Me Too movement prompts focus on empowerment.
“If you’ve been sexually harassed or assaulted, write ‘me too’ as a reply to this tweet. #MeToo”
The date was Oct. 15, 2017, and the above tweet by actress/activist Alyssa Milano, inspired by African-American activist Tarana Burke, began a movement. With the recent one-year anniversary of the “Me,Too” movement, women (and some men) have felt empowerment in revealing their personal stories.
They’ve learned they aren’t alone, and most important, feel believed.
With the passage of time, did the Me, Too movement encourage those to report crimes, or does the stigmaforce a whole new generation of victims to remain silent? At the Sarasota Police Department, they are doing everything to make the crime of sexual assault as easy and safe as possible to report.
A nationwide Department of Justice study found that in 2016, more than 70% of sexual assaults were not reported.
According to SPD Capt. Jonathan Todd, there has not been a significant uptick in reporting. “It is up only slightly,” he said.
However, at the Safe Place and Rape Crisis Center (SPARCC), Communications Manager Cheri Heasley notes that calls to the 24/7 helpline have increased recently.
“The first person a victim usually calls is a loved one,” said Sarasota Police Chief Bernadette DiPino. “That person should advise them to call 911. The sooner a crime is reported, the better chance of a conviction and getting the person while they are still in the area.”
For victims who fear for their safety, DiPino calls their bluff: “When the criminal threatens to harm the victim if they tell, that is just about retaining control and power. There are many resources in place to keep the victim safe.”
Heasley agrees: “The reason we focus on empowerment is that sexual assault is not about sex.”
SPARCC uses empowerment-based advocacy, which means it allows survivors to choose what service and programs they need and want.
Di Pino points out everyone has the right time to tell her story. “They will when they’re comfortable,” she says.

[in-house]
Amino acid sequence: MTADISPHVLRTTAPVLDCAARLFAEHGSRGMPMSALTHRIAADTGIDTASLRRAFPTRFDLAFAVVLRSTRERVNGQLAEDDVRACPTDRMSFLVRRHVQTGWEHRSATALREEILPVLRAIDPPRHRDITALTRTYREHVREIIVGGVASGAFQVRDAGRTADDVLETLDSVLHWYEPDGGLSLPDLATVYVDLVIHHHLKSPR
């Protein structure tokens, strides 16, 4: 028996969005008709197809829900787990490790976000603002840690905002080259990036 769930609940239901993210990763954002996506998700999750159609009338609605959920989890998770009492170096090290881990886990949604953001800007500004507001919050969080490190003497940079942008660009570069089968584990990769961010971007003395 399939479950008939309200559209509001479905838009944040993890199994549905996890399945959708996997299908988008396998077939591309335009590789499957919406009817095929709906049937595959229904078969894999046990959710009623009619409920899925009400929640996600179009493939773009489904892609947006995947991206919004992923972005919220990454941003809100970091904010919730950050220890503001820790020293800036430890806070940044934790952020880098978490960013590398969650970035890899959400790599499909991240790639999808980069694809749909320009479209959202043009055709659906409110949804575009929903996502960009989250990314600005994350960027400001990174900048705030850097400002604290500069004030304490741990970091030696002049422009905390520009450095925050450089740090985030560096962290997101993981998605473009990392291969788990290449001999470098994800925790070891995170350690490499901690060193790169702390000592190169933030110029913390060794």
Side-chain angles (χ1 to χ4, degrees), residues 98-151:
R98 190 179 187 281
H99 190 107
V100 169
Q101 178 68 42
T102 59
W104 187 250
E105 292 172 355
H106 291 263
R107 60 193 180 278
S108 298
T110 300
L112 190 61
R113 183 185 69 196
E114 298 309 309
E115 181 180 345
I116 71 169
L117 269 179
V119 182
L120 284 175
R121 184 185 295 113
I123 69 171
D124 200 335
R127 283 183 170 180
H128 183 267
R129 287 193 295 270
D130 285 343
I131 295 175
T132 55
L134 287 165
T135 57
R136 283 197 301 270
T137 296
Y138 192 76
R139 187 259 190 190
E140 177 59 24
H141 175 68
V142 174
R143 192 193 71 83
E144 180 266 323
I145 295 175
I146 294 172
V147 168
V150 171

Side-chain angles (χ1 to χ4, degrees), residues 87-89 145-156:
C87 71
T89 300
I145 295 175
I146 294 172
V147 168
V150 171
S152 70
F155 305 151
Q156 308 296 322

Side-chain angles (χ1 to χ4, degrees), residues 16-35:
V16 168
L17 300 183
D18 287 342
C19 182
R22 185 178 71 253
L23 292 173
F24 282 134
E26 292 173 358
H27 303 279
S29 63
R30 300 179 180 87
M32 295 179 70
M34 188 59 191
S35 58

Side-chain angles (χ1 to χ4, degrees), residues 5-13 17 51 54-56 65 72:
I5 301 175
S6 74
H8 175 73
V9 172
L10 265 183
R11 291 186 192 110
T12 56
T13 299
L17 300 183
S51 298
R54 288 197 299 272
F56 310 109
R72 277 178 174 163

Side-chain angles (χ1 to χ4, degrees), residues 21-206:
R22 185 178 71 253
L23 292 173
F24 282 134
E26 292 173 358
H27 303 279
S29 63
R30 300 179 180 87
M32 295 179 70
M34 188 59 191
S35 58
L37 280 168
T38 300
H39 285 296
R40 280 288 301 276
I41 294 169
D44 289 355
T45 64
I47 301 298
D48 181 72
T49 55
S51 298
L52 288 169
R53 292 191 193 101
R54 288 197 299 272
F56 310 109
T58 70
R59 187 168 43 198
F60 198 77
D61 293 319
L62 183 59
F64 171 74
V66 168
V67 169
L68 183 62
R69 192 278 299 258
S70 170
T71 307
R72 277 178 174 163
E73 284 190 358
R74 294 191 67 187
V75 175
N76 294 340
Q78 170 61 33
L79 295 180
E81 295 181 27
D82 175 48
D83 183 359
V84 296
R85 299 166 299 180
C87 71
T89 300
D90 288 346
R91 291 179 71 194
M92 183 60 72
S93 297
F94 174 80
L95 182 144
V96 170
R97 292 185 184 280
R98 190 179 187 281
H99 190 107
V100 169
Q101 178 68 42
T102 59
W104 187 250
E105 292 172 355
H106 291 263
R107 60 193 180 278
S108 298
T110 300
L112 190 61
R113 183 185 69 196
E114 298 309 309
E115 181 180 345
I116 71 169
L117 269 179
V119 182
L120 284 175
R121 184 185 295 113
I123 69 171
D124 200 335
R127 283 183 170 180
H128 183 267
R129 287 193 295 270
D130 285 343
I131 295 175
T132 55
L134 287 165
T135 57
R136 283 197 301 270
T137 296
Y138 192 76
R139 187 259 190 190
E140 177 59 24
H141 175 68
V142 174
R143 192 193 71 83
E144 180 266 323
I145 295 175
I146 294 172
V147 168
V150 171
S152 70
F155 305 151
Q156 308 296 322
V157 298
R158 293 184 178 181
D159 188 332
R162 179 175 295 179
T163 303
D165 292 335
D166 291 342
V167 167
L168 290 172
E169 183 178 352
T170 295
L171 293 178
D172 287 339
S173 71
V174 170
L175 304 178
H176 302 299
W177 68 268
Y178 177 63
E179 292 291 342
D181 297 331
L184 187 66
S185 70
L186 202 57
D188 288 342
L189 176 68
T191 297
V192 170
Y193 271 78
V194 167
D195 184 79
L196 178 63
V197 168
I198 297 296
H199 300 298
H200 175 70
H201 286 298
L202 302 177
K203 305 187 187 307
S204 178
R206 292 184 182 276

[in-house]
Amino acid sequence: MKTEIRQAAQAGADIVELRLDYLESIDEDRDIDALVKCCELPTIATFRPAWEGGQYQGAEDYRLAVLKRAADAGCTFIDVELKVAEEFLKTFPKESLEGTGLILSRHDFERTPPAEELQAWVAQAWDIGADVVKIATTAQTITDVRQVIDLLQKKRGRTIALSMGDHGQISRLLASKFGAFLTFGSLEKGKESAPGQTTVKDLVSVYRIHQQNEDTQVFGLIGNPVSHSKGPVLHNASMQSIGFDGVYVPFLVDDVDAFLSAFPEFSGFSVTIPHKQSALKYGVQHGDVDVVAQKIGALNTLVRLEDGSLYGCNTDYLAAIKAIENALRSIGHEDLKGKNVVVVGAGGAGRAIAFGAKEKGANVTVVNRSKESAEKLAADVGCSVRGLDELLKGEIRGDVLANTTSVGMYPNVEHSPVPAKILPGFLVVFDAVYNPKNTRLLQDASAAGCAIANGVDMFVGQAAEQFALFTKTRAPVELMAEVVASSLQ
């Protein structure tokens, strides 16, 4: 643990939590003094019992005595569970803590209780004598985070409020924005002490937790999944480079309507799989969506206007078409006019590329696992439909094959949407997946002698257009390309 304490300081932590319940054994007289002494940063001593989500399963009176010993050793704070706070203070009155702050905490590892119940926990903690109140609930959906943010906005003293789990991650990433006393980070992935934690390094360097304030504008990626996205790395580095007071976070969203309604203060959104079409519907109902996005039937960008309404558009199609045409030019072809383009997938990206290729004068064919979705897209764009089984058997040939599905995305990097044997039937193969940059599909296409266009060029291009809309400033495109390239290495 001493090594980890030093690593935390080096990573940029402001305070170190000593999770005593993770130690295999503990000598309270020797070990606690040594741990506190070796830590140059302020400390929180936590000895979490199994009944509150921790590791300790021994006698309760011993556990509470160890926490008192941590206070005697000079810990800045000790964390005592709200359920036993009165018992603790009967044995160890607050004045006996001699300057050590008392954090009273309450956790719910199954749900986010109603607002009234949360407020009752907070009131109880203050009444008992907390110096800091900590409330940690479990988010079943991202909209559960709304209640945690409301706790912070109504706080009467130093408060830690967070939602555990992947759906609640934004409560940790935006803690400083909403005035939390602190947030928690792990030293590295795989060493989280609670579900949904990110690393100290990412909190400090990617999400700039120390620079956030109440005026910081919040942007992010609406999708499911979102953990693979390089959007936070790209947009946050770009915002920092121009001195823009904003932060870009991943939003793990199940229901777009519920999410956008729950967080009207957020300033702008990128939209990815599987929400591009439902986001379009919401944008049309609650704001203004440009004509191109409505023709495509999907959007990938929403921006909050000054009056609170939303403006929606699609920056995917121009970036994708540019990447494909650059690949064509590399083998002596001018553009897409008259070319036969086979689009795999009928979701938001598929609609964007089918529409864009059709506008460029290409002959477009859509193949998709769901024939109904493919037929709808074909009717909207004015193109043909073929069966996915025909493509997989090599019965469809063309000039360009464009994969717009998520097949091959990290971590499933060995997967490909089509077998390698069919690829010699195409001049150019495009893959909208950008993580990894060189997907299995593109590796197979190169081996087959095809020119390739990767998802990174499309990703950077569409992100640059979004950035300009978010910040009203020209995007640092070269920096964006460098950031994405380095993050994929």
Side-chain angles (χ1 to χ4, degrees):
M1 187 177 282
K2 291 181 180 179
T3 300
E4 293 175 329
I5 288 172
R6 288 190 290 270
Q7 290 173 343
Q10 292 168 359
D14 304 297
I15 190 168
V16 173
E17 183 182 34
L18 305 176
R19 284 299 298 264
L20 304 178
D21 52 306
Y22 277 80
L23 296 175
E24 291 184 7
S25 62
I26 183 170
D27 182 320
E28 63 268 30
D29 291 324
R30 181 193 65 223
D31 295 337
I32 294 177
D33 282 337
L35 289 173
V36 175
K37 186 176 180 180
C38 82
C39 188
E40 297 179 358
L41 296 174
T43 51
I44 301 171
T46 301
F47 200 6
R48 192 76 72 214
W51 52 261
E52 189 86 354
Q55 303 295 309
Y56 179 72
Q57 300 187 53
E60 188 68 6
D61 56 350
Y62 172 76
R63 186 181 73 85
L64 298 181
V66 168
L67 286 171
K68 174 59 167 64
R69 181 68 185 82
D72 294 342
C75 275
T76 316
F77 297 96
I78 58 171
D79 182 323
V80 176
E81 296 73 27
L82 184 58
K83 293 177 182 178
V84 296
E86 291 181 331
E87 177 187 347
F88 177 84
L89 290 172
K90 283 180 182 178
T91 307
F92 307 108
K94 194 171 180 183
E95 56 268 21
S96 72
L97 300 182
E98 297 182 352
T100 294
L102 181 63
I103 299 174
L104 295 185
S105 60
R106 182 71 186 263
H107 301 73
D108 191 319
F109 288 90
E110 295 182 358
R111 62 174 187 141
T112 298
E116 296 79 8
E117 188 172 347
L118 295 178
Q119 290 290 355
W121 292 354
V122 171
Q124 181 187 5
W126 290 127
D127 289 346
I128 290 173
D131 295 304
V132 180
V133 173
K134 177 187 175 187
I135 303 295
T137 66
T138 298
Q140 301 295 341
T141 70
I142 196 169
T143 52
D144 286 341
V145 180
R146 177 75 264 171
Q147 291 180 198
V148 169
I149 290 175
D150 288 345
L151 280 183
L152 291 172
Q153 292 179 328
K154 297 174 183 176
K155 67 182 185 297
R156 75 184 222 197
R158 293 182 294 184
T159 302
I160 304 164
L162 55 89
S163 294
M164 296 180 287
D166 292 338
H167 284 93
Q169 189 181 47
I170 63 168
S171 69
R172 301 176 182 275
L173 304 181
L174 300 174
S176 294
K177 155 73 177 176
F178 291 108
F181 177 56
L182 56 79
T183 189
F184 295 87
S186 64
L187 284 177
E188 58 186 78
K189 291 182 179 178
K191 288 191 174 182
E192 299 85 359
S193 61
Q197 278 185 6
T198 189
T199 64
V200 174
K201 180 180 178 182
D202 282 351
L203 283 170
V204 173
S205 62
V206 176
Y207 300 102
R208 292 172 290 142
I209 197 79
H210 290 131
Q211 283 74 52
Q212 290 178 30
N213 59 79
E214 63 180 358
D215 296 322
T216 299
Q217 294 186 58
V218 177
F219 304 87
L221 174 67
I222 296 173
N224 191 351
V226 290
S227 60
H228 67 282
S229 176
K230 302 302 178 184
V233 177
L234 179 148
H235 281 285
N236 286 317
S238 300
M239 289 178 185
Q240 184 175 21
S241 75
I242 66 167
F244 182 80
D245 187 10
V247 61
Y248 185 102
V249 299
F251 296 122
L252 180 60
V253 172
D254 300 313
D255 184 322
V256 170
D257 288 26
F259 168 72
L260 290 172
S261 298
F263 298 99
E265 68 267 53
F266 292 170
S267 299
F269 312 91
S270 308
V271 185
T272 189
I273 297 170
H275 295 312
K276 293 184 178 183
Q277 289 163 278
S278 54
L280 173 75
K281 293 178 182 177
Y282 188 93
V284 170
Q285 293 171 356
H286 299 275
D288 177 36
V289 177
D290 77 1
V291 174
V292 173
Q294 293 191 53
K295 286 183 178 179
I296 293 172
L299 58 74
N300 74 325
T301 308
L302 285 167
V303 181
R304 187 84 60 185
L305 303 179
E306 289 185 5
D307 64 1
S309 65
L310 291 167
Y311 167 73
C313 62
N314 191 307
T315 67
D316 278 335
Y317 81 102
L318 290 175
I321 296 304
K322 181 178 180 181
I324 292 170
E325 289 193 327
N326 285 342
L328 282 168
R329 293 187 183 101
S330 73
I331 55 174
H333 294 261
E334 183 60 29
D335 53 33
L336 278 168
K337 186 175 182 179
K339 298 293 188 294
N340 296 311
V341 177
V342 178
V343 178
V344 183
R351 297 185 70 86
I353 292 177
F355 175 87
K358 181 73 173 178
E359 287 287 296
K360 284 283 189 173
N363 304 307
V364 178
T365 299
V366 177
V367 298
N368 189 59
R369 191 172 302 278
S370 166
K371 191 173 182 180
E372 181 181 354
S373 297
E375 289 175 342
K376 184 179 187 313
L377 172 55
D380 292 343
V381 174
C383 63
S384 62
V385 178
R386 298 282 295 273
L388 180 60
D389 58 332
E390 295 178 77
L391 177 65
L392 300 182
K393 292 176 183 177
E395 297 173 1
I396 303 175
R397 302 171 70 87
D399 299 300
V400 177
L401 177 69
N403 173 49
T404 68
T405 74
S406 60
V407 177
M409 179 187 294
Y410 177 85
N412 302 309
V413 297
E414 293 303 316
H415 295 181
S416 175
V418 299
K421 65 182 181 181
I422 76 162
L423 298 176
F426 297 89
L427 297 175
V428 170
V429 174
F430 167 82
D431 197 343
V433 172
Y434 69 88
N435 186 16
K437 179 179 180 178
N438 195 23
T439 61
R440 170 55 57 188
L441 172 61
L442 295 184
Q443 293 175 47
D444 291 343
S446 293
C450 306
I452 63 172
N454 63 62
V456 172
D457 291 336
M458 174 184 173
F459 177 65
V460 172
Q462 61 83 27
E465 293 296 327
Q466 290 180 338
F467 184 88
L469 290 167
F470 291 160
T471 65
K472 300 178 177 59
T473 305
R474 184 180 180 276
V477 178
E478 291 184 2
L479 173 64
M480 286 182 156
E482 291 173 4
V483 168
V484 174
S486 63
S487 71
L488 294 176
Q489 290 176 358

Even though the Florida statute of limitations is five years, the police department still wants to make a report. This may show the person may not be the only victim if the name pops up in a database. Award-winning national motivational speaker Linda Larsen of Sarasota spoke out at the beginning of the Me, Too Movement: “I definitely feel like speaking out was the right thing to do. I do not regret it. I think doing so gave other women the awareness that they are not alone.
In some cases, when a person does not want to press charges, a nurse can be a surrogate. The police also will not contact the victim if that’s what is requested. As Todd said: “Most victims know their attackers. They are rarely strangers.” Some victims may feel the incident was too minor to report or they simply didn’t have proof. “No case is too small to report.”
SPD tries to have a female officer on the front line, so a female victim can feel a bond or immediate trust. However, all officers are trained to respond in a non-judgmental manner. In addition, victim advocates provide resources and counseling options. “They stay with the victim throughout he entire case,” Di Pino says. This way the victim doesn’t have the ordeal of repeating the same story to a host of different people.
DiPino is frank about the “intrusive” exam victims go through for a rape kit, which can make them feel like a
victim all over again. “DNA is so important,” she says. “It’s the new fingerprint. It will be more effective in getting the bad guys than the fingerprint in the future."
DiPino remains aware of the courage it takes to report a sexual assault crime. “There is the feeling of embarrassment. They may believe the incident occurred of their own doing. But I don’t care if they were walking down the street naked,” she says. “No one deserves to be assaulted. No means no.”
Julie London is the owner of SW Florida Elder Issues Consulting, which specializes in guardianship prevention. She can be followed on Twitter at https://twitter.com/DearBubbie